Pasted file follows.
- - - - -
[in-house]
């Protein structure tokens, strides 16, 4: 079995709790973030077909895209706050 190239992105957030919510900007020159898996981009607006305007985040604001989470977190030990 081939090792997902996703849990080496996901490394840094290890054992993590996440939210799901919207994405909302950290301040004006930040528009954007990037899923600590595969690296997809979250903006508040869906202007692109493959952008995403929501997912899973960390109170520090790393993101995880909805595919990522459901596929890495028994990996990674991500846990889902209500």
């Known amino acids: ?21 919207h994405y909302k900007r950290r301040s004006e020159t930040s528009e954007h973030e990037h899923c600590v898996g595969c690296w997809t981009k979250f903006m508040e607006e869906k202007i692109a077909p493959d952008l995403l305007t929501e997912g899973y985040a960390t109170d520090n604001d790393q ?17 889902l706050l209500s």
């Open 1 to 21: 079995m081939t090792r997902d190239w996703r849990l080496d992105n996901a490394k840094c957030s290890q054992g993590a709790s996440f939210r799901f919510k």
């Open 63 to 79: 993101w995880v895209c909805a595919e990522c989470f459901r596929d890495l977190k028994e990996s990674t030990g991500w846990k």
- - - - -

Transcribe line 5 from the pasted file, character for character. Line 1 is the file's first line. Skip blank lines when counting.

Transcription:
């Open 63 to 79: 993101w995880v895209c909805a595919e990522c989470f459901r596929d890495l977190k028994e990996s990674t030990g991500w846990k």